Now intellect, Chochmah and Binah, is also a tenth of what is above it, which is called me’ah, one hundred. Thus our sages of blessed memory say of Adam that he was one hundred cubits tall[3] alluding to the fact that he was on the level of one hundred, i.e., beyond intellect.

(The five levels of the soul—Nefesh, Ruach, Neshamah, Chayah, Yechidah—correspond to these five units: 1 / 10 / 100 / 1,000 / 10,000. Nefesh is one and receives only a tenth of Ruach, which is ten and derives from Neshahma, etc.)

Now the supernal will is beyond intellect and Chochmah and contains two levels: Will and Desire.

Will contains neither “taste” nor delight. It is expressed in the saying, “Be silent—so it has arisen in the supernal Thought.”[4]

Desire, on the other hand, involves “taste” and delight.

We see on the human level that delight is the most expansive and far-reaching of all the powers of the soul. Delight is experienced by each of the senses—such as sight and hearing, as well as by intellect and emotions. And the nature of the delight of sight is different than the way it is experienced in hearing, such as in song or music. Similarly, the delight of intellect is of a different character. There are many varieties of delight.

Furthermore, it is common knowledge that all the delight that is experienced on the terrestrial level is only from what fell from “the shattering of the vessels.”[5] Thus the Garden of Eden is infinite pleasure, while it is common knowledge that the Garden of Eden is a mere reflection of higher worlds.  

(Thus Will corresponds to one thousand, while Desire corresponds to ten thousand, since Desire contains delight which is more abundant and more sublime, so that Will is only a tenth of Desire. Tzemach Tzedek’s gloss.)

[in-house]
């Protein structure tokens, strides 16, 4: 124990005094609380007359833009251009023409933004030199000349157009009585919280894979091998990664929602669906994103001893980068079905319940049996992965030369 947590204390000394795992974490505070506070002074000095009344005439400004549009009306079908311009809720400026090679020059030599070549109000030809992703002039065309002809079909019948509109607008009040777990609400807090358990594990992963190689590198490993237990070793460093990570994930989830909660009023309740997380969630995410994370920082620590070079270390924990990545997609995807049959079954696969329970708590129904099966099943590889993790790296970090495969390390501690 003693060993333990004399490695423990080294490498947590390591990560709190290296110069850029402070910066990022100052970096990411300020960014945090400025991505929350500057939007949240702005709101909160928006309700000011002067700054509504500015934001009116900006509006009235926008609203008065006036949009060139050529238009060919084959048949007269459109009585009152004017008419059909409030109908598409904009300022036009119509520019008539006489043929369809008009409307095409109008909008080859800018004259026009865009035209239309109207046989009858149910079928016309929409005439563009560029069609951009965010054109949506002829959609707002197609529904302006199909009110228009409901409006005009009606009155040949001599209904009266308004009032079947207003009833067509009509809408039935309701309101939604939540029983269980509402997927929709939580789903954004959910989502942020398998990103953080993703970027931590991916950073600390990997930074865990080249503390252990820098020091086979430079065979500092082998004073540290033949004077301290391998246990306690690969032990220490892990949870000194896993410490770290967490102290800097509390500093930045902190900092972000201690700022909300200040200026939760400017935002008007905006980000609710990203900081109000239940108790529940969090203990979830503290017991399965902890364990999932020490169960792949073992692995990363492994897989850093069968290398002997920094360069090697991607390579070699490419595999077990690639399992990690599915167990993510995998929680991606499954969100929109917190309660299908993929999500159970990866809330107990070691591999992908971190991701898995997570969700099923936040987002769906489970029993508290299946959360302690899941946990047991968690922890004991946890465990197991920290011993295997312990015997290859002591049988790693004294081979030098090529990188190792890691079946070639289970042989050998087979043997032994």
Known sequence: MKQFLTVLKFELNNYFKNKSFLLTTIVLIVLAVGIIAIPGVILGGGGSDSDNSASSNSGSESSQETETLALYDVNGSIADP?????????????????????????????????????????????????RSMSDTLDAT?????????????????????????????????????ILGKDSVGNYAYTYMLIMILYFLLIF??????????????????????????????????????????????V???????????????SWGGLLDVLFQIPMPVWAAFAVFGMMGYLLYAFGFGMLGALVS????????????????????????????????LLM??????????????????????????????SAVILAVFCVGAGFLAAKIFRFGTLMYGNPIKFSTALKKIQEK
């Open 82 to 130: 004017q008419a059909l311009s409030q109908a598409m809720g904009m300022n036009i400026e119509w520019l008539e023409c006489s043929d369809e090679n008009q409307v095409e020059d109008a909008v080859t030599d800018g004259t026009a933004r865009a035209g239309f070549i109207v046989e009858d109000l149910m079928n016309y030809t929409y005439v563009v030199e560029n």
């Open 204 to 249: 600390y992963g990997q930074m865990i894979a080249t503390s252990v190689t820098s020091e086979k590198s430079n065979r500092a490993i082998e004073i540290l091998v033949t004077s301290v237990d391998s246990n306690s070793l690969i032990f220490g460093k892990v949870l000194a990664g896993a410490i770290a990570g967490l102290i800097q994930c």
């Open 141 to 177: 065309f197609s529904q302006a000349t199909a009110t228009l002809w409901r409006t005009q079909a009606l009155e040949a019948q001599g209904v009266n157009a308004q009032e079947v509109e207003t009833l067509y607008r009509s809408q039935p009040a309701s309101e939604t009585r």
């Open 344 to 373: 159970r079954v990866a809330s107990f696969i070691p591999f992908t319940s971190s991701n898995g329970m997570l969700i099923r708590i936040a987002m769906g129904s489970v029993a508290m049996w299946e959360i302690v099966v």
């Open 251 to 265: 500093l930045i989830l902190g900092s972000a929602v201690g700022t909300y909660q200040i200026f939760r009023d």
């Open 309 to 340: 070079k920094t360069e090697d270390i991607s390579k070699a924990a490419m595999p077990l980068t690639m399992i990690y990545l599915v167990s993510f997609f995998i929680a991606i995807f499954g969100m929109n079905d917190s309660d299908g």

Torah and Revavah

Now the source of Torah is rivavot, ten thousands as in our verse, which describes the giving of the Torah as G-d approaching “from the holy rivavot.” For it is specifically such a lofty source that can be drawn and lowered even below into physical reality—a sukkah, tefillin etc.

See our comments regarding the hey of Abraham in the discourse “Behold Abram.”

Rabbi Schneur Zalman refers us to his discourse on Abraham who was made father of all nations, i.e., given the power to elevate all of nature, through the extra letter hey added to his name. Again the idea that descent requires connection to a lofty energy, in Abraham’s case this is signified by the extra letter hey added to his name. The above discourse is translated in our essay on Lech Lecha, Travels.[6] See also our essay on Haazinu regarding the revivim, rain drops, which Rabbi Schneur Zalman relates to rivavah.

Nevertheless, the revelation through Torah from the rivivot that takes place now is external, i.e., the reasons of the Torah, its inner dimension, are not yet revealed. Now we experience only an external revelation of Torah. This is signified by the use of an Aramaic word in our verse, v’attah (He approached). The use of a non-Hebrew word signifies the fact that it is only an external revelation.

The revelation of the inner secrets will take place in the future.

This is what is meant by the verse Kiss me with the kisses of your mouth—kissing achieves the attachment of one breath to another, an allusion to the revelation of the inner reasons of the Torah. May we experience it soon.


[1] Zohar 2:56a, 3:4a, et al.

[2] Zohar 1:94a et al.

[3] See Chagigah 12a, Sanhedrin 100a, et al.

[4] Menachot 29b. This was the response G-d gave to Moses to the question of “why do the righteous suffer.” (Moses had seen prophetically the torture of Rabbi Akiba at the hands of the Romans.)

[5] The cosmic explosion of the world of the spiritual world of Tohu—world of abundant light and scant vessels—the shards of which fell and created physical reality. See our essay on Vayeishev, Silent Bundles.

[6] The above discourse provides the following metaphor: We see that a wise person must prepare himself before he imparts the profundity of his wisdom. An idea may be clear to him in his mind but for him to communicate to others he must think deeply to develop a method through which to clothe his wisdom in language that his listener can relate to. He must be able to find the truth of his idea as it is expressed even in much lower phenomena.